Everywhere we look at the moment, apologies (or calls for them) are in the air. Over child abuse allegations, over statistics in the Scottish Parliament, most likely over the police and crime commissioner election mess across England and Wales - and, of course, ubiquitously in the recent party political conference season.
Apologies come in all shapes and forms. Sometimes they are personal. Sometimes they are public. Quite often they are political.
The apology can even be made on behalf of others – like Tony Blair’s 1997 apology from the British state over the Irish potato famine, or David Cameron’s more recent apology to Liverpool fans and their families at Hillsborough “on behalf of the nation”.
But afterwards the question always hangs in the air “so what does your sorrow really mean?” This was why Blair stopped short of a full apology for Britain’s part in the transatlantic slave trade – because it opened up the way for potential claims to reparations.
The Christian understanding of the stuff of apology and forgiveness is that it should be restorative. True sorrow is not mere words, nor a soft option. It means making amends for the wrong that was done.
But more than that, the word ‘repentance’ in the Hebrew, carries with it the idea of turning around and heading in another direction. It isn’t just a matter of making things right, but setting oneself on a new course.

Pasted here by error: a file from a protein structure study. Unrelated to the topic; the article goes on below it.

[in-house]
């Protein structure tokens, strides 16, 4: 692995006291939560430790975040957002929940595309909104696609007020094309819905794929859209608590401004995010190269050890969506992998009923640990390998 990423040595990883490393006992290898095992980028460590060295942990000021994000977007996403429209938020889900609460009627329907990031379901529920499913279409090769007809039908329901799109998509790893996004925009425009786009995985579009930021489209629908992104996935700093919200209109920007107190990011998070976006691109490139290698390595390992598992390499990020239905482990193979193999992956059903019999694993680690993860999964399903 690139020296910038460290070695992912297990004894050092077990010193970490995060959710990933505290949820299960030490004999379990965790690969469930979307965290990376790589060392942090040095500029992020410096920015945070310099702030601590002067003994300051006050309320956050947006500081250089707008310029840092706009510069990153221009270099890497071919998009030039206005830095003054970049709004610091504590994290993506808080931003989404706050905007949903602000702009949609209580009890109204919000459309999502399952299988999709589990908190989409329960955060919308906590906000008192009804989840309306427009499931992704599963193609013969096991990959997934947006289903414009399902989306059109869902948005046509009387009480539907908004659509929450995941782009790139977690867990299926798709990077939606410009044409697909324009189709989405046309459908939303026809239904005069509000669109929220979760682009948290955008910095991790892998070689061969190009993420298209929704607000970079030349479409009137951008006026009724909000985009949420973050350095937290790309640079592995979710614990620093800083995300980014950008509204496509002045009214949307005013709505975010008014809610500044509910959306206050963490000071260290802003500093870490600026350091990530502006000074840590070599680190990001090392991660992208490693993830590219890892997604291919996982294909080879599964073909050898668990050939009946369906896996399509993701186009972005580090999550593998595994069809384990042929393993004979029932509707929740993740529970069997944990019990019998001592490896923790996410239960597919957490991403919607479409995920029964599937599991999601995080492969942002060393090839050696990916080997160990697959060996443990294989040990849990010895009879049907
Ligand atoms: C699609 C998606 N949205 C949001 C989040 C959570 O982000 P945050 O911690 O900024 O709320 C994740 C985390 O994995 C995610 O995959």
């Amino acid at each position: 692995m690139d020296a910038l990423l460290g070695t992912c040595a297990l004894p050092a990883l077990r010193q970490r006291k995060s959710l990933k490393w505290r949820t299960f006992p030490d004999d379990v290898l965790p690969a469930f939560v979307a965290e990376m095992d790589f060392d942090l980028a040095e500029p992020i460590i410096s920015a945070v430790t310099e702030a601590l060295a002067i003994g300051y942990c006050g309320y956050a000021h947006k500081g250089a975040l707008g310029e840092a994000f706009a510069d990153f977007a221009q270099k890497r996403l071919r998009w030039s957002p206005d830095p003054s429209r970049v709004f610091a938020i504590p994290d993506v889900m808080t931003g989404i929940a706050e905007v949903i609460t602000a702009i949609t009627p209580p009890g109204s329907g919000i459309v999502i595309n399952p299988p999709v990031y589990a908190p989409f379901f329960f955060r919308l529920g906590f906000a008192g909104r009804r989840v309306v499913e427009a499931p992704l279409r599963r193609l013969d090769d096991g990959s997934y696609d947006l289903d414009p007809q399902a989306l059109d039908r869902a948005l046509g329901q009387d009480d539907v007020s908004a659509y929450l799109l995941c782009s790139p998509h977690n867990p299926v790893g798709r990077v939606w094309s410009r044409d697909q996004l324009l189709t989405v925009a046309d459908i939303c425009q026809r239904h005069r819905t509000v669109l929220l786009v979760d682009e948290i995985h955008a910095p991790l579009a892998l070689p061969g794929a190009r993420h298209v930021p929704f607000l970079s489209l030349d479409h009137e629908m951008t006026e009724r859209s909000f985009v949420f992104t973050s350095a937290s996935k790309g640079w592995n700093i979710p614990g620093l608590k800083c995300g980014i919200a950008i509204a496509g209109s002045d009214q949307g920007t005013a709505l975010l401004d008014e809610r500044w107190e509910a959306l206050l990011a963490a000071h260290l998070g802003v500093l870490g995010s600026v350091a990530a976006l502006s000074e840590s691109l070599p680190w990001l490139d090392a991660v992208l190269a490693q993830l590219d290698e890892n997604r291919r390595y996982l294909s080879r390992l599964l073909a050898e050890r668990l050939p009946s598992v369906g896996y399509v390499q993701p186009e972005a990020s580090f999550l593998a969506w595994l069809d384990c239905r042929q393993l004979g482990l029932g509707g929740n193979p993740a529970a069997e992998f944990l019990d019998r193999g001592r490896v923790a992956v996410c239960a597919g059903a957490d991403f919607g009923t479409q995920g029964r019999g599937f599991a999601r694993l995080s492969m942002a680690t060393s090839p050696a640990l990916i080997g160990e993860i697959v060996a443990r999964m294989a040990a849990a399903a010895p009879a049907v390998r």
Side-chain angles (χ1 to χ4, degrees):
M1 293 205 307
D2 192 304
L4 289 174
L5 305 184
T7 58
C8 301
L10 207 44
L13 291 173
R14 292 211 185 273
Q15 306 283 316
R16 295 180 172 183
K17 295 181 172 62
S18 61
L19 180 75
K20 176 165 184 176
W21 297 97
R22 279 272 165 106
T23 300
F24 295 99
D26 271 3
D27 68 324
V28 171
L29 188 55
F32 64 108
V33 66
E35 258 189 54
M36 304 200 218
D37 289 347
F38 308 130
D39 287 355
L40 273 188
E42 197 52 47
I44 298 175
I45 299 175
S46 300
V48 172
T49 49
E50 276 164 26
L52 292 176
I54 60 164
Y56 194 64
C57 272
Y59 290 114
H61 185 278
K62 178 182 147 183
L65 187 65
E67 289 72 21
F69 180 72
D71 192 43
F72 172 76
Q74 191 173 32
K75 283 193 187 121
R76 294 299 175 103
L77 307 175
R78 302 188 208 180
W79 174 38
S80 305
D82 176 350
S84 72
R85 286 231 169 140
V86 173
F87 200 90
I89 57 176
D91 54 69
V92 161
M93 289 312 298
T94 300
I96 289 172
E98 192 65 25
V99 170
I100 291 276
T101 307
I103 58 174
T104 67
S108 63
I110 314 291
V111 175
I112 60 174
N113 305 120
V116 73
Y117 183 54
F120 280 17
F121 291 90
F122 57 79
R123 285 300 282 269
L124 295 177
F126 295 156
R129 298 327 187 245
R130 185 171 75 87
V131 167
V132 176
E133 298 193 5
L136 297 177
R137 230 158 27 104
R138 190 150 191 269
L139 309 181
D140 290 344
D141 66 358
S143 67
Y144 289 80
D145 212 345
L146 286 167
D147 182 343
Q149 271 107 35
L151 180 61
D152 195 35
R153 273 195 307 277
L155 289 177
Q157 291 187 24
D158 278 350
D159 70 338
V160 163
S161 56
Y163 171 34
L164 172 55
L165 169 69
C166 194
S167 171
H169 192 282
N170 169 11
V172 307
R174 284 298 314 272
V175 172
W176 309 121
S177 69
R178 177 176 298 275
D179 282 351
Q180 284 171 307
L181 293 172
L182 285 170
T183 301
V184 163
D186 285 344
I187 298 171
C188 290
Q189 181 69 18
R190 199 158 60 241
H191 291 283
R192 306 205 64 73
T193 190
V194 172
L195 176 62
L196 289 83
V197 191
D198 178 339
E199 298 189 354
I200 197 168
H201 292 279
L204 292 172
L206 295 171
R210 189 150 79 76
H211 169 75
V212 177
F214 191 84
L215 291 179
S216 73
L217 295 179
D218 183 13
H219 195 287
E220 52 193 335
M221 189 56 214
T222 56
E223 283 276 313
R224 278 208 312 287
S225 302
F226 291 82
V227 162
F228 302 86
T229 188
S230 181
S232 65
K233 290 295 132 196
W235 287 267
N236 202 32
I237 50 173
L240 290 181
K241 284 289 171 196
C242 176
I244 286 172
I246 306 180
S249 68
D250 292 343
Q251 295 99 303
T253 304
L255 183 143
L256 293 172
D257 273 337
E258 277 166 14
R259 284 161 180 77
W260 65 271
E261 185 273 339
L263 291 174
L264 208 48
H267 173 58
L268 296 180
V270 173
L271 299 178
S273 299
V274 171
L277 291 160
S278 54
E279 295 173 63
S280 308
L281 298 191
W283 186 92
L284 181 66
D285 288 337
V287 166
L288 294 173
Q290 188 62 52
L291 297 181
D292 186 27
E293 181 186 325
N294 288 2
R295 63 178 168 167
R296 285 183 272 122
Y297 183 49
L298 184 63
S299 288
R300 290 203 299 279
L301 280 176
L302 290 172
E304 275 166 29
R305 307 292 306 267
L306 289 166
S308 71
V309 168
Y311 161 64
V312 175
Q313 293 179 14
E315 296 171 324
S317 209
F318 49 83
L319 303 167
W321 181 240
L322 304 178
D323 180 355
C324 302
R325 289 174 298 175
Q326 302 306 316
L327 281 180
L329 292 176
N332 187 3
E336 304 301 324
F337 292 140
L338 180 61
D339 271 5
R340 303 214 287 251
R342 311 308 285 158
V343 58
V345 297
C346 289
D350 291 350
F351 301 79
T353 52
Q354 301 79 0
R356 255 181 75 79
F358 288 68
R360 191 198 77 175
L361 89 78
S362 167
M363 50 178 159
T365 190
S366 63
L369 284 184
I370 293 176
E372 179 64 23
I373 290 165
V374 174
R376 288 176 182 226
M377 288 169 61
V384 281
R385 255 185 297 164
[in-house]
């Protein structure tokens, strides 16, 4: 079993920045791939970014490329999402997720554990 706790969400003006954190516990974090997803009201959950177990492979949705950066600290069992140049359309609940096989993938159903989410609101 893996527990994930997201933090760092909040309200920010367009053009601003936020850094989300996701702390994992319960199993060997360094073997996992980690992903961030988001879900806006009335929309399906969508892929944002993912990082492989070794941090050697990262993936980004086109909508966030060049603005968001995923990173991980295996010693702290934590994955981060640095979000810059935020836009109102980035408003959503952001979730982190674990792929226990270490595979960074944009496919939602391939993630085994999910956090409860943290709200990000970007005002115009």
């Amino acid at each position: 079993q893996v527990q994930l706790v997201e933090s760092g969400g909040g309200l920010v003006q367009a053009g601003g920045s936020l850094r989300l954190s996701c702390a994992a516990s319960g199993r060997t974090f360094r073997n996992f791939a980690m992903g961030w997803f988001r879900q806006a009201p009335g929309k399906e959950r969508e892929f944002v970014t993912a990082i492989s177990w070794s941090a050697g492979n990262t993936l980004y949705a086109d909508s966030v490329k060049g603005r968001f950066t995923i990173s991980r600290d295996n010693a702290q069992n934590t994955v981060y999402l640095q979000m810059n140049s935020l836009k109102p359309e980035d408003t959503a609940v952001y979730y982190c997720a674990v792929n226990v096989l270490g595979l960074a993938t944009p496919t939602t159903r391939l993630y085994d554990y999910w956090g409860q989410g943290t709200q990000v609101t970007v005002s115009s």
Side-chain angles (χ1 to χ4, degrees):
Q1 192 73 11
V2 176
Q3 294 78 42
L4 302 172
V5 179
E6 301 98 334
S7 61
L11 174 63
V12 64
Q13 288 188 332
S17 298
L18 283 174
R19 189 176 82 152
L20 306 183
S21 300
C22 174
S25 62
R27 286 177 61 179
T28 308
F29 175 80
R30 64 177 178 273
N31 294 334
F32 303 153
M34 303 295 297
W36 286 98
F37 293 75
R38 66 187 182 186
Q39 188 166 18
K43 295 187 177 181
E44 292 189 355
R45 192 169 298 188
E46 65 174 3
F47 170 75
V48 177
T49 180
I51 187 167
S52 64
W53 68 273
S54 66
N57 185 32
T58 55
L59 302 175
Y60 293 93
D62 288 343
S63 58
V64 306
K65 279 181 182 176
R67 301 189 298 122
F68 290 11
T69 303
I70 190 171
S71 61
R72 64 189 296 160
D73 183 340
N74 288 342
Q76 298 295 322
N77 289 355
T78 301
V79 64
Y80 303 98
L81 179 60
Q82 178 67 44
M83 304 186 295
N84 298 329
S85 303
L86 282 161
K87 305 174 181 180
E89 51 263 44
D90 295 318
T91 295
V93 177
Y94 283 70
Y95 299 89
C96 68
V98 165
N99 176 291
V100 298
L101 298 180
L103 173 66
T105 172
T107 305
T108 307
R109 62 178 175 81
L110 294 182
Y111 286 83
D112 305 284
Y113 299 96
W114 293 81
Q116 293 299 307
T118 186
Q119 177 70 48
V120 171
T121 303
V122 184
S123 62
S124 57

If this is the standard by which the quality of apology should be measured, it raises all sorts of questions about how we should view political apologies such as Nick Clegg’s attempt to draw a line under his broken tuition fees pledge, and chief whip Andrew Mitchell’s (ultimately failed, in political terms) apology for his insults – whatever they actually were - to a policeman at the gates of Downing Street.
Political apologies are notoriously cheap and slippery. Following its 1997 election humiliation the Conservative Party said it was sorry for the “appearance” of arrogance – not the arrogance itself.
Making things right again was purely a self-interested exercise which revolved around restoring the party’s electoral fortunes. The change of direction was little more than a resolve to appear less superior - not actually embrace humility. And this has now come back to haunt it.
It was not Andrew Mitchell’s use of the F-word to the policeman (although it is a criminal offence) at that was the most politically damaging. It was the alleged use of the word “pleb” – something which reawakened the old caricature of the ‘nasty party.’
Closer inspection of Nick Clegg’s slice of humble pie on tuition fees also reveals a bit of political trickery. The Deputy Prime Minister said he was sorry for having promised something which he couldn’t deliver - not for actually breaking the pledge of which he made so much at the 2010 election.
It’s a bit like being unfaithful to a spouse, and then apologising for making your marriage vows. The regret revolves around making a promise to be faithful, not the infidelity. The ‘repentance’ is to never make a binding vow again which might cause you problems in the future.
Theologian Tryon Edwards has suggested right actions in the future are the best apologies for bad actions in the past. In that sense, true apologies are yet to be forthcoming in many areas of public life today.
© Jonathan Bartley is co-director of Ekklesia.